0 Auckland Art Gallery Toi o Tāmaki Auckland Art Gallery Toi o Tāmaki 17251 Modify 8935 17249
0 Auckland Libraries Kura Heritage Collections Online 109816 Modify 57473 64650
0 Christchurch City Libraries Christchurch City Libraries Heritage Images Co... 7756 All rights reserved 7755 7755
0 John Kinder Theological Library John Kinder Theological Library 9126 Modify 6740 8016
0 Manaaki Whenua – Landcare Research Flora of New Zealand 1476 Modify 1471 1471
0 Massey University Massey Research Online 13730 All rights reserved 12329 12564
0 Museum of New Zealand Te Papa Tongarewa Museum of New Zealand Te Papa Tongarewa YouTube 707 All rights reserved 629 630
0 NZ On Screen NZ On Screen 5556 All rights reserved 5119 5511
0 State Library of Victoria State Library of Victoria 1229 Modify 796 856
0 University of Waikato [email protected] 12433 All rights reserved 11868 12431
0 Waikato Museum Te Whare Taonga o Waikato Waikato Museum Te Whare Taonga o Waikato YouTube 80 All rights reserved 74 74

Now we'll calculate what proprtion of each collection is open, by dividing the number with a usage value of 'Use commercially', but the total number of items with usage values.

In [12]:
# Only use rows where usage value is 'Use commercially'
df_open = df_usage.loc[df_usage['usage'] == 'Use commercially'].copy()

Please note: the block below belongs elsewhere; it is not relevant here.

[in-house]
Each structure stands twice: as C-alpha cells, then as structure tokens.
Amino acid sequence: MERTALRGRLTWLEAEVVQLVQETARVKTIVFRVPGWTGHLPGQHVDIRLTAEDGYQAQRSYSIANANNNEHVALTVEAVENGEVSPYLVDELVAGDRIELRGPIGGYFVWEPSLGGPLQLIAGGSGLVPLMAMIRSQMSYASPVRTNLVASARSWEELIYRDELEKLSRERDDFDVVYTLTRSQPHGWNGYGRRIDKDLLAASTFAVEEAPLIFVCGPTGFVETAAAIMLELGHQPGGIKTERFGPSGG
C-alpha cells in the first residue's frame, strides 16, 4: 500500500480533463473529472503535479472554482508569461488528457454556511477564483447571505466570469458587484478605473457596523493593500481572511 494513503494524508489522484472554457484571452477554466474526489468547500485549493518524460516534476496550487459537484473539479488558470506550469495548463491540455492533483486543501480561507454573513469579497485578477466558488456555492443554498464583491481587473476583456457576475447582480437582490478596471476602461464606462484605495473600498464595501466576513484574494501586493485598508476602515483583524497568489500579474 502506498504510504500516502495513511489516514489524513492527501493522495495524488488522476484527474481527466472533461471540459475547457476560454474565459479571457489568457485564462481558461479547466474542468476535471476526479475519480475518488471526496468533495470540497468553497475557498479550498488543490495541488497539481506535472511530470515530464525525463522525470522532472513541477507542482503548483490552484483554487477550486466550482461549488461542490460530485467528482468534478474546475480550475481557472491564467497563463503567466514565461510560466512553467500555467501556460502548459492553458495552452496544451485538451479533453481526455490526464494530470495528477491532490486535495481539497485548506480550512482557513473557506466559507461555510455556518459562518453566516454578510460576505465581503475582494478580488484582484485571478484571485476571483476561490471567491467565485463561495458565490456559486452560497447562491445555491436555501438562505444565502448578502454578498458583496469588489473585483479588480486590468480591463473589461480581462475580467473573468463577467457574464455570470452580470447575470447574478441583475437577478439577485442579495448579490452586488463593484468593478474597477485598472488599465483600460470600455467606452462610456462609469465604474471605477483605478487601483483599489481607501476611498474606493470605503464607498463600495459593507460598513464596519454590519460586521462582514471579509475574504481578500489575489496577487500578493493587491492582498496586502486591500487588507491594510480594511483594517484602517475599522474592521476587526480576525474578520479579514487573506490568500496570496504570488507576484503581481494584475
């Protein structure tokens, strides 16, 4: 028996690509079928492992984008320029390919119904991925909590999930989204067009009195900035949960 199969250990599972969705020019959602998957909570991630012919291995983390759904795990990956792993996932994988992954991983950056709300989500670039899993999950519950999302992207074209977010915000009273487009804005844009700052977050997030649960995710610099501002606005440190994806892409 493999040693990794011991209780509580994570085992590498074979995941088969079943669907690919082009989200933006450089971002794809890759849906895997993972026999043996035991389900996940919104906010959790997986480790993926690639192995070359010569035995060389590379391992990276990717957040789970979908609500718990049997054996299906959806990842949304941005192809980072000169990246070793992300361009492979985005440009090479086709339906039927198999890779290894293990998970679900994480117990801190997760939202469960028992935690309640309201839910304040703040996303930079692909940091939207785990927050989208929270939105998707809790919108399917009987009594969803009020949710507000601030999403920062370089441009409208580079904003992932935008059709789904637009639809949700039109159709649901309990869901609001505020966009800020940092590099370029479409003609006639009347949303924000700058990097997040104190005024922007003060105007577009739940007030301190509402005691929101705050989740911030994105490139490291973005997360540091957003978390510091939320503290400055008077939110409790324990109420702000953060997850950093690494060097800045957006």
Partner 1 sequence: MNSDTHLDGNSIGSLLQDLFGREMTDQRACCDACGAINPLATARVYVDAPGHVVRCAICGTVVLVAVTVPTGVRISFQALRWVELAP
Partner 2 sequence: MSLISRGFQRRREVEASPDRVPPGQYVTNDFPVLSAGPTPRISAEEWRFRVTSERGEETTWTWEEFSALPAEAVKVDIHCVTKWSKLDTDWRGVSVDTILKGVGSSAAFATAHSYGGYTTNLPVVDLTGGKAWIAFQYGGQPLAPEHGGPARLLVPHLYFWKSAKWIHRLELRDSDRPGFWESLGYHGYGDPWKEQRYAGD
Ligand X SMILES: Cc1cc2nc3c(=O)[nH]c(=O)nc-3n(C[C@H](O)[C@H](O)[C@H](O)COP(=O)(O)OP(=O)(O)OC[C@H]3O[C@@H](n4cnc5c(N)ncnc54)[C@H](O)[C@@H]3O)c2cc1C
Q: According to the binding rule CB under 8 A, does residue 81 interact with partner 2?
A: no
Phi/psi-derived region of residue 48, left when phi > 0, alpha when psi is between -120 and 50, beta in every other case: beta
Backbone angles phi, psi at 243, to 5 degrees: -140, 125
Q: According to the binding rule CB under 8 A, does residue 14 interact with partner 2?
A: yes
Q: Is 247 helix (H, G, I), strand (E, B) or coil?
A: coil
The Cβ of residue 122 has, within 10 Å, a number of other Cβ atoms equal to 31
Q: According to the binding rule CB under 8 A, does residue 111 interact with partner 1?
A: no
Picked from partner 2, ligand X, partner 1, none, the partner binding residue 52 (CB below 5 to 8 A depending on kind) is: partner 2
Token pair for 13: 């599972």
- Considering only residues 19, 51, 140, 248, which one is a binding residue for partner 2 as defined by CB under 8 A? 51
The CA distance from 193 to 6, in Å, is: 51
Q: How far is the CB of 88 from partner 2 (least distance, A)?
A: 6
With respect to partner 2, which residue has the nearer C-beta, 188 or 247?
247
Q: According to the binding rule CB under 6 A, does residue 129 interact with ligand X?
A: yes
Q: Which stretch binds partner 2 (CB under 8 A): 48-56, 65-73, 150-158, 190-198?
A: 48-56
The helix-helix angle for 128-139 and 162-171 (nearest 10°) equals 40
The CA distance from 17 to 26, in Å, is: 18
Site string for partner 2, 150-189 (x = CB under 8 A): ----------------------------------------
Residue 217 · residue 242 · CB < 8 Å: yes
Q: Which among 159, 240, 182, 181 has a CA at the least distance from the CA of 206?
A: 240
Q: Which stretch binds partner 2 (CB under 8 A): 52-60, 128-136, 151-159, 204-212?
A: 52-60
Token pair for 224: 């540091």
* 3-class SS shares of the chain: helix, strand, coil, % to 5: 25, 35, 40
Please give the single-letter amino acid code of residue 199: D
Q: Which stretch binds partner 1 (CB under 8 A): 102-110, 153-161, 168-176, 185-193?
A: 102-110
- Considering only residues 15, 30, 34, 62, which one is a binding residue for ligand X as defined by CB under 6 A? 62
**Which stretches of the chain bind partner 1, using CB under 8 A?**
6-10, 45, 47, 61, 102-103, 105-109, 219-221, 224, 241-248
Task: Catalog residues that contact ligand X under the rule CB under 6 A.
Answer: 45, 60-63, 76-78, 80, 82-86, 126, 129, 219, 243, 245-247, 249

# Calculate the proportion of items that are open by dividing those you can use commercially by the total
df_open['open'] = df_open.apply(lambda x: x['count'] / x['usage_total'], axis=1)

# Some collection names are the same, so we'll combine the partner & collection name to create a unique label for Altair
df_open['label'] = df_open.agg(lambda x: f'{x["primary_collection"]} ({x["content_partner"]})', axis=1)
In [13]:
content_partner primary_collection items_total usage count usage_total open label
2 Air Force Museum of New Zealand Air Force Museum of New Zealand Photograph Col... 16608 Use commercially 4144 16608 0.249518 Air Force Museum of New Zealand Photograph Col...
2 Alexander Turnbull Library Alexander Turnbull Library Flickr 4307 Use commercially 4307 4307 1.000000 Alexander Turnbull Library Flickr (Alexander T...
4 Alexander Turnbull Library TAPUHI 333206 Use commercially 52735 329490 0.160050 TAPUHI (Alexander Turnbull Library)